Juggling isn’t just for Clowns

The Final Update

As you know, for the past few weeks, I’ve been figuratively and literally juggling all of life’s daily tasks. While I can’t control what happens on the figurative aspect of juggling, I can and have been able to control the literal aspects. How? By hours and hours of videos and practice. Photo on 6-20-16 at 1.10 AM(Check out my video below)
When I first started juggling, I could barely keep track of two balls going from hand to hand without dropping them. At times, it was frustrating – I even broke a sweat after repeatedly chasing after all the dropped balls. I felt like I needed to just change my topic because it was taking so long for me to grasp the concept. As if juggling wasn’t already difficult enough, my obsessively playful dog would sit at my feet and stare at the balls, just waiting for me to drop one so that he could steal it and run away. This continually happened, and further prolonged the learning and practicing process. At first it was cute, but then I felt like he was thinking “she can’t do this. She’s about to drop it any minute..wait for it… wait for it….. GOT IT!!” I eventually decided to practice ALONE without the help and “lost ball retrieval and support” of my dog, Jester. IMG_0082

I also decided to choose a new video and help forum to guide my process and to address the common mistakes I was making. After I read about the mistakes other people were making and their methods for correcting the mistakes, it helped me begin to juggle correctly.

In my last blog post, I outlined the steps I took for learning how to juggle. Since then, I have built on the process to make sure that I could juggle in a neat and presentable fashion, without dropping the balls so often.

I feel that networked learning is a simple and practical way to acquire new skills and to complete tasks or even find answers to questions you might have. I am completely supportive of using this method in the classroom in addition to my everyday life. In fact, I used it this past weekend for my appearance as X-23 at HeroesCon 2016. (Yes,my nerd flag is flying now..) Because of how successful networked learning went with teaching myself how to juggle, I decided to use the same approach to help me create my own Wolverine claws for my costume. 13475184_1382778801739412_9147601449814468901_o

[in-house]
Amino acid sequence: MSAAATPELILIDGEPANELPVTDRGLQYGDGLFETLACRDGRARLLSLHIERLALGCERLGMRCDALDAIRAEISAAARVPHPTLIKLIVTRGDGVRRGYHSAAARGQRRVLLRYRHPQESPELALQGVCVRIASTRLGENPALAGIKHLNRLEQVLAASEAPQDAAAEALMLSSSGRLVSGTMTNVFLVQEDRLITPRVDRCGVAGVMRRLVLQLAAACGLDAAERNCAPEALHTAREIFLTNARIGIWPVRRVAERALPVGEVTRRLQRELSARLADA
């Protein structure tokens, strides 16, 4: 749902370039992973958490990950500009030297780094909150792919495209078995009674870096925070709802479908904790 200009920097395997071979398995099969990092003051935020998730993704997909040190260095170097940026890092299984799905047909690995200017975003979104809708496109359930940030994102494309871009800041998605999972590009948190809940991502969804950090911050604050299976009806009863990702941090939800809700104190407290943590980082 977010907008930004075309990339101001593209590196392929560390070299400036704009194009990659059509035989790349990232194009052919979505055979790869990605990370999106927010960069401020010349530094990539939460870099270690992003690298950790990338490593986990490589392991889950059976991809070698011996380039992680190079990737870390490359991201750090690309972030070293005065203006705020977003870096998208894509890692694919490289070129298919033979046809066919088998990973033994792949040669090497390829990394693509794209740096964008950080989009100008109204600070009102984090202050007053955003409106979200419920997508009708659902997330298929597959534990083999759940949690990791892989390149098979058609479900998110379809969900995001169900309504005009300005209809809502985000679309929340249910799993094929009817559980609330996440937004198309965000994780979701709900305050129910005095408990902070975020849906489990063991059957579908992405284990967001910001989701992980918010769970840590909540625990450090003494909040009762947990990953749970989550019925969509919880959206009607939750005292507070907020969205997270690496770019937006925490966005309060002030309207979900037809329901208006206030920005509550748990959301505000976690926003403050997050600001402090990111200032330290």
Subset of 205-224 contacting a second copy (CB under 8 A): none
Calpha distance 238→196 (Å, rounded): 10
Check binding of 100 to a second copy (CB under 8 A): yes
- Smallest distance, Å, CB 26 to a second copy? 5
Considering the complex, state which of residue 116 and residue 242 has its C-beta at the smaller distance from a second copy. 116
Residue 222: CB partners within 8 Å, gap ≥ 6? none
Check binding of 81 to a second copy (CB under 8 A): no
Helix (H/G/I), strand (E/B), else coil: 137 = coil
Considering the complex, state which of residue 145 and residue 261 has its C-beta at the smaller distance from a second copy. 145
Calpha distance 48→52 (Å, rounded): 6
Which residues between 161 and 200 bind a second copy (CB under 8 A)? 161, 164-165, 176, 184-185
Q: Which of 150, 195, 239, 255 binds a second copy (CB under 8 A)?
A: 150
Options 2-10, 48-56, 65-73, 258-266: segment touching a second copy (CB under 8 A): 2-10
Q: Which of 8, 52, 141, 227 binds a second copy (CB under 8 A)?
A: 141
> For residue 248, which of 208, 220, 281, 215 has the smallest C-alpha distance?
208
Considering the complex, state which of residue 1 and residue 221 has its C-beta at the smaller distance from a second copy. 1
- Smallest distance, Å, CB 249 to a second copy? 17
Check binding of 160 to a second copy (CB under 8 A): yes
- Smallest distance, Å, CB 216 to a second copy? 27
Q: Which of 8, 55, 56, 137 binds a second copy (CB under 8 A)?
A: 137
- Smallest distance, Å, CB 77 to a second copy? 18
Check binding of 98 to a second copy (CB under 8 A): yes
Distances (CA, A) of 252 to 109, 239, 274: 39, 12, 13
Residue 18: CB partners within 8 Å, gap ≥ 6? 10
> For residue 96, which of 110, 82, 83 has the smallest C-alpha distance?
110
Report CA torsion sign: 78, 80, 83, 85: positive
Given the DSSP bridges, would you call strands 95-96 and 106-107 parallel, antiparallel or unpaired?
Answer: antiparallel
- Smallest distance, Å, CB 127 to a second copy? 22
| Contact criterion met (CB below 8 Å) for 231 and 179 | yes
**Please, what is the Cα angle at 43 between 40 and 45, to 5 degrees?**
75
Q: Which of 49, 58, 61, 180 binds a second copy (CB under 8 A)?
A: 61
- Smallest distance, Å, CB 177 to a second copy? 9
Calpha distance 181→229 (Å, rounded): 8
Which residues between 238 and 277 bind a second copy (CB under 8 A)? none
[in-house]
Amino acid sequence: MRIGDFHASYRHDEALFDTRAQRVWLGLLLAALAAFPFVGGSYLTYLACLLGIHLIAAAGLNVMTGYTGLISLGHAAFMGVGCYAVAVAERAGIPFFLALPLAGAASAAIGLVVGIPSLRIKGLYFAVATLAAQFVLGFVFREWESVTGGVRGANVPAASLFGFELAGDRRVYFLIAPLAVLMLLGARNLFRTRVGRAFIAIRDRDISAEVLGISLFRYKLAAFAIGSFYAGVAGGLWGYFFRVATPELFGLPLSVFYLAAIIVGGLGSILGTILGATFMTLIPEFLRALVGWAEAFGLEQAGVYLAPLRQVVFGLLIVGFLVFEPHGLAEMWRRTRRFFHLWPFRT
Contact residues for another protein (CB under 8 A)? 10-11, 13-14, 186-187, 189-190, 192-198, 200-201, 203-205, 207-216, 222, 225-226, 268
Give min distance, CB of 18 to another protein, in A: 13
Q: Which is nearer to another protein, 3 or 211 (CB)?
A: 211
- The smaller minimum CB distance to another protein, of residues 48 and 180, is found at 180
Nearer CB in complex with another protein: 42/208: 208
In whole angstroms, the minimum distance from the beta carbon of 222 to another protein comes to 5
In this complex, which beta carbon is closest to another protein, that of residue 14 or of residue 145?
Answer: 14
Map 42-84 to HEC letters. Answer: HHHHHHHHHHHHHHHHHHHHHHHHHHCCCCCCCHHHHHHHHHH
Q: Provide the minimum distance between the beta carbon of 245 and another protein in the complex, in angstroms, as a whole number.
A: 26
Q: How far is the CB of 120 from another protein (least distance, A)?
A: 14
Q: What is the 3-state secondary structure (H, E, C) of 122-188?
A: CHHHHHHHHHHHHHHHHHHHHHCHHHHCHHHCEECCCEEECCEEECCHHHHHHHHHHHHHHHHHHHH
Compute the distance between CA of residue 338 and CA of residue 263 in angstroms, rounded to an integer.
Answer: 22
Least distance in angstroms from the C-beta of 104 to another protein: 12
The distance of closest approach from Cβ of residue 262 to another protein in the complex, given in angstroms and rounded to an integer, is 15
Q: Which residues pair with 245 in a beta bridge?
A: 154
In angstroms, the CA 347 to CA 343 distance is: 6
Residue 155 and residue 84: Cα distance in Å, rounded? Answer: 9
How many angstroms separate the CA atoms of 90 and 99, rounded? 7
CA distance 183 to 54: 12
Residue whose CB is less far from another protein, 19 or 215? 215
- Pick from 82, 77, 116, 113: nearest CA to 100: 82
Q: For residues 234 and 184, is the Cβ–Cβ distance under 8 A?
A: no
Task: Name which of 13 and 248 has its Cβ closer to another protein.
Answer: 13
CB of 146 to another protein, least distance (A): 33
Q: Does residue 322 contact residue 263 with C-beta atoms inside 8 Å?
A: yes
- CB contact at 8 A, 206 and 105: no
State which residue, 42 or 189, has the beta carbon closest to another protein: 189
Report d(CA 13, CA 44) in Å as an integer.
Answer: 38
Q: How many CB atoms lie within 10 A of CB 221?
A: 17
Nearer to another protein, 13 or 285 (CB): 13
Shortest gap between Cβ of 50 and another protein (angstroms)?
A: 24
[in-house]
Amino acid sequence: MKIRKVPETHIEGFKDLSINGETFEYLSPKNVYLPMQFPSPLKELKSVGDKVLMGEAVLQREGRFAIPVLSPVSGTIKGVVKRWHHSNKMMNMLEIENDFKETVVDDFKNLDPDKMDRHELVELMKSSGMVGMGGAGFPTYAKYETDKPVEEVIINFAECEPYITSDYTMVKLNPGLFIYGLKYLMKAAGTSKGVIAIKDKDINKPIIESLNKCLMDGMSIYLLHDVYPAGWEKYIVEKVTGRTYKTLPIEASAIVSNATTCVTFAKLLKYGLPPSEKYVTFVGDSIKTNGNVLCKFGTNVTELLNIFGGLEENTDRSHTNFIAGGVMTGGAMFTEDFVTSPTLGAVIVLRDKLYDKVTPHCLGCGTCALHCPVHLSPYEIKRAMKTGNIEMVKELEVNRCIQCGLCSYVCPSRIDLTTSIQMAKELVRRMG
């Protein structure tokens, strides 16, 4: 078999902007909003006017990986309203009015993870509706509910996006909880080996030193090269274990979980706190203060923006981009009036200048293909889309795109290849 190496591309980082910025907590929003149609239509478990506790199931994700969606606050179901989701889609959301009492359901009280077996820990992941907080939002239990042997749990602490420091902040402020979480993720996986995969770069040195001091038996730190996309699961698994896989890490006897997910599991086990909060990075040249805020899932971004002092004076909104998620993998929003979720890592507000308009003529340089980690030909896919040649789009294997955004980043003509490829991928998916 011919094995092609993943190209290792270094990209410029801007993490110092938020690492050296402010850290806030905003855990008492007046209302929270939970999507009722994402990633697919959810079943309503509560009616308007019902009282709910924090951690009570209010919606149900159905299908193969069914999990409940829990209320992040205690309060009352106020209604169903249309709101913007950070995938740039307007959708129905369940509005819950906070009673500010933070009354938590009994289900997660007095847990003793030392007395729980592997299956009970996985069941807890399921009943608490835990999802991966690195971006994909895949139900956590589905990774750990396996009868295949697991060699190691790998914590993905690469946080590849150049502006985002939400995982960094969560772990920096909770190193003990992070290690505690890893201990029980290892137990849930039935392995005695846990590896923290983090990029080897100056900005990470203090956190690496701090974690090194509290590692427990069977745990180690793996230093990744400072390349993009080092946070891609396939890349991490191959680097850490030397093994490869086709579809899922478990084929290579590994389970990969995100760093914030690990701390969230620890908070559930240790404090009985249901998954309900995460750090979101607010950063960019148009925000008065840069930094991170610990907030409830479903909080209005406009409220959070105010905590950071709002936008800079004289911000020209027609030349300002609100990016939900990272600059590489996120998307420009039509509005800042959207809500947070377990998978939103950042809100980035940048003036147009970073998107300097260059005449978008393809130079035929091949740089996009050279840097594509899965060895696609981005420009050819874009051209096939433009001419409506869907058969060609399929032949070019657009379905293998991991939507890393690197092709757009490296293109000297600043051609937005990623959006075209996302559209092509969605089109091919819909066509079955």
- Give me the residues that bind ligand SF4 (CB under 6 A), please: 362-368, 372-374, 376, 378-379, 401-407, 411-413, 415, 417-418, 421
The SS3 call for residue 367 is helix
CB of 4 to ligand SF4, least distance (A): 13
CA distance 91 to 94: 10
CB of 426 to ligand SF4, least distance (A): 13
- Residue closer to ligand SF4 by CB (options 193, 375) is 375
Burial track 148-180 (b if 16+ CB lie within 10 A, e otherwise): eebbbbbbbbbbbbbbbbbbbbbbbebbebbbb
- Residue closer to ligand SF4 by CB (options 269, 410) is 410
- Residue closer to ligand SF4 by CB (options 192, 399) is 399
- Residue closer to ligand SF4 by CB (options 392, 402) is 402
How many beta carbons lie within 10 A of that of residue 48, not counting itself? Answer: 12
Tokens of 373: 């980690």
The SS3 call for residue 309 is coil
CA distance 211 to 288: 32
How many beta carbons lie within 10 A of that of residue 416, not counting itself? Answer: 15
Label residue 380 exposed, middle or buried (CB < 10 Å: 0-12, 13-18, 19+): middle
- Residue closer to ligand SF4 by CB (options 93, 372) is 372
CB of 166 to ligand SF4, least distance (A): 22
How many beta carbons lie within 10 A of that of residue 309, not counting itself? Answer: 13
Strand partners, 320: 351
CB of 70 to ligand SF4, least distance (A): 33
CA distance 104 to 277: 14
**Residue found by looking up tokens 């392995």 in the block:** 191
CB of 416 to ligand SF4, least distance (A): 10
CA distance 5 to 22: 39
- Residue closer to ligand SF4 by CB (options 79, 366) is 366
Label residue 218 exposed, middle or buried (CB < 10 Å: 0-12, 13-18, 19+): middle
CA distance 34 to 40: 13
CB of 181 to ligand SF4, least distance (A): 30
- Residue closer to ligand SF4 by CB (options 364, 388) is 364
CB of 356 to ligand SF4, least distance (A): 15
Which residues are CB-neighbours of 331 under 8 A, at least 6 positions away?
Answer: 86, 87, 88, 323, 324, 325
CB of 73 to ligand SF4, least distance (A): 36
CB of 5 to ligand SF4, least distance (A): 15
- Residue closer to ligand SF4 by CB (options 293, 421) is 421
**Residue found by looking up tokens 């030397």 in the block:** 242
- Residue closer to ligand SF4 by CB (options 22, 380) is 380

In  a classroom setting, students could be challenged to acquire a new skill in exactly the same way we were instructed to in this assignment. Also, a students could be encouraged to use networked learning to help them solve real world problems like communicating with someone who doesn’t speak the same language as you, how to create solar ovens, how to solve a math problem or even how to create new programs at your school that benefit the community. Students use technology everyday in various forms. Why not make that same technology work for you? For educational purposes, of course.

Overall, I’d say that the network learning approach to acquiring new information or skills is one that should be incorporated into classrooms and living rooms all across the world.  When combined with all the technology we have at our fingertips, personal learning network and networked learning in general are great ways to learn a new skill.

Now that I have mastered literal juggling, the real challenge begins with figuratively juggling. THIS is one of my consistent struggles. Although apps like Google Keep help me stay on track, I’ve still got a long way to go to master figuratively juggling. For now, I’ll keep on juggling my 3 balls, and who knows? I may get a little ambitious and continue my networked learning approach to try to juggle 5 balls!


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